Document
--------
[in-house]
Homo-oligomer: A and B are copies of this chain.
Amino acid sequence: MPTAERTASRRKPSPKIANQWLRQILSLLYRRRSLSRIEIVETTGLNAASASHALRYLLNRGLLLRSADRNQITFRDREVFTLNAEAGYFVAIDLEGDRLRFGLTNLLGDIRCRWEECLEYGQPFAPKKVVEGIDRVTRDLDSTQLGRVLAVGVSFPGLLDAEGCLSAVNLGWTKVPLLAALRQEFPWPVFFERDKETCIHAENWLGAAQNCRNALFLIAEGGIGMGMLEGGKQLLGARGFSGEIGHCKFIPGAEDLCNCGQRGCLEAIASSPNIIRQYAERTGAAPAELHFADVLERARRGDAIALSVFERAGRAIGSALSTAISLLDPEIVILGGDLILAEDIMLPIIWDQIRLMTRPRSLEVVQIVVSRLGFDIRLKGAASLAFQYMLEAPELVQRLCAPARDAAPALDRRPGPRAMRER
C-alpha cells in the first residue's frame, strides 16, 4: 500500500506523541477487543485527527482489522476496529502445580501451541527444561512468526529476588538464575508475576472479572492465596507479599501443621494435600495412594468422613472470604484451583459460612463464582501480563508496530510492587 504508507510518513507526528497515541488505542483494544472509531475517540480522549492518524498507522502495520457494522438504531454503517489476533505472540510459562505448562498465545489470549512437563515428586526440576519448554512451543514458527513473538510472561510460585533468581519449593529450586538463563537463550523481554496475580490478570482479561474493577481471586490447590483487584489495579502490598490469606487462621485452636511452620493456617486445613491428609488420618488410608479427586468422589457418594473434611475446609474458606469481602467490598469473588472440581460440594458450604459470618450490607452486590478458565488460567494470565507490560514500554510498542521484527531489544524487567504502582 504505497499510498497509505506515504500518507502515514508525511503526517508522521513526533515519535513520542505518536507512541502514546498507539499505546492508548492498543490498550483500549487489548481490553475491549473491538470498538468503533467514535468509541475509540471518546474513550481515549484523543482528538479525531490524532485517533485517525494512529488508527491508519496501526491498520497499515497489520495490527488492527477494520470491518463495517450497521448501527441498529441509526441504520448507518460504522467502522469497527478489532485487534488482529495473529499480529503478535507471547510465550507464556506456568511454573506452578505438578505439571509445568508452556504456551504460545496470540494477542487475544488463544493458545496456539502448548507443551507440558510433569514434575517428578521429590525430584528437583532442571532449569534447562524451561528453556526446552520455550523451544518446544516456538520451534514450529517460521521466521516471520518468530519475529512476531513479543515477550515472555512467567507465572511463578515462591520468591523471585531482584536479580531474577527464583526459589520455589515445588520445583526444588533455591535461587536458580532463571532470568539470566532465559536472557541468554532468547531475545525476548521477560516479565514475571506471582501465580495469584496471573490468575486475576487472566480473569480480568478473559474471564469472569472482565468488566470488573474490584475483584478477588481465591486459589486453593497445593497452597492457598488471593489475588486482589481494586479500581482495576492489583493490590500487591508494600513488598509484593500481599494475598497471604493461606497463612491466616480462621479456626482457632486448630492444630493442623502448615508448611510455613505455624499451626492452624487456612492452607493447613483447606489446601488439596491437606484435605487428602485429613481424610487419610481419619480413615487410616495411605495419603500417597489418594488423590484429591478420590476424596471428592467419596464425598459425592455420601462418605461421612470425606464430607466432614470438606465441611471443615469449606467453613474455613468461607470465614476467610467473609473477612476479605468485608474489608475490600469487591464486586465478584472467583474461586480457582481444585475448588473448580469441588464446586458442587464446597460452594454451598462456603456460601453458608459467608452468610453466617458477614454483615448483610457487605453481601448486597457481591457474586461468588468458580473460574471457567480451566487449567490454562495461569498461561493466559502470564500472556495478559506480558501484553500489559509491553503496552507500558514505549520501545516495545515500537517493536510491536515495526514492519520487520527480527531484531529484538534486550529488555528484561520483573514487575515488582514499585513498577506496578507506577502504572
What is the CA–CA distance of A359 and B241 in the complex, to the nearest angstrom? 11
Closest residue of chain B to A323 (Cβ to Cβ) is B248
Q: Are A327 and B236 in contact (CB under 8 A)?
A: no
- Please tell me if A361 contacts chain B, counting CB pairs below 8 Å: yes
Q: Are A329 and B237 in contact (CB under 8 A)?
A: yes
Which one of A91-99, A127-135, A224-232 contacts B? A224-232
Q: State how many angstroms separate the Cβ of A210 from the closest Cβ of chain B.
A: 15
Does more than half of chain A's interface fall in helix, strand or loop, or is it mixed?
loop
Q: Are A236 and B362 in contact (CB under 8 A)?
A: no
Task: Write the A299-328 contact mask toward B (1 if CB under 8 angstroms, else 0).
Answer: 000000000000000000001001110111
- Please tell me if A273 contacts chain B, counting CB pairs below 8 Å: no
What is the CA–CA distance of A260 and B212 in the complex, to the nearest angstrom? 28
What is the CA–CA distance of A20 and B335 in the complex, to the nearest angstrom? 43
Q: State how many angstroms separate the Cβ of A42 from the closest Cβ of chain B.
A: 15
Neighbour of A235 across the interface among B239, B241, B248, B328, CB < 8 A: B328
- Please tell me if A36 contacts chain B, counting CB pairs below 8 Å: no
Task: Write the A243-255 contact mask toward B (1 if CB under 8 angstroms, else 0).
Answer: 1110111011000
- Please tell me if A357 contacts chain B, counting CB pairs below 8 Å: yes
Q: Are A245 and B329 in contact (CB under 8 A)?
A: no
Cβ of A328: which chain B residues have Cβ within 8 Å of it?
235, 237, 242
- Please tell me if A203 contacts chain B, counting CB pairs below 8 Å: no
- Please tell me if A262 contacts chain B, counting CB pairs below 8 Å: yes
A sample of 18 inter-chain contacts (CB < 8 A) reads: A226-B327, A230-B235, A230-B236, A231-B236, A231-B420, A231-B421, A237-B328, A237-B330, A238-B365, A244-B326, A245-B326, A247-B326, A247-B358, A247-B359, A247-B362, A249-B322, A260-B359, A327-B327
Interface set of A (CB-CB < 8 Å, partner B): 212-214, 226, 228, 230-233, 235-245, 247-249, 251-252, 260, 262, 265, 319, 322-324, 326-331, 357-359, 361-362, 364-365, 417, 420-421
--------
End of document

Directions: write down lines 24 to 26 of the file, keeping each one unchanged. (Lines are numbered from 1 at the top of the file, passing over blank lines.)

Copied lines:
Q: State how many angstroms separate the Cβ of A42 from the closest Cβ of chain B.
A: 15
Neighbour of A235 across the interface among B239, B241, B248, B328, CB < 8 A: B328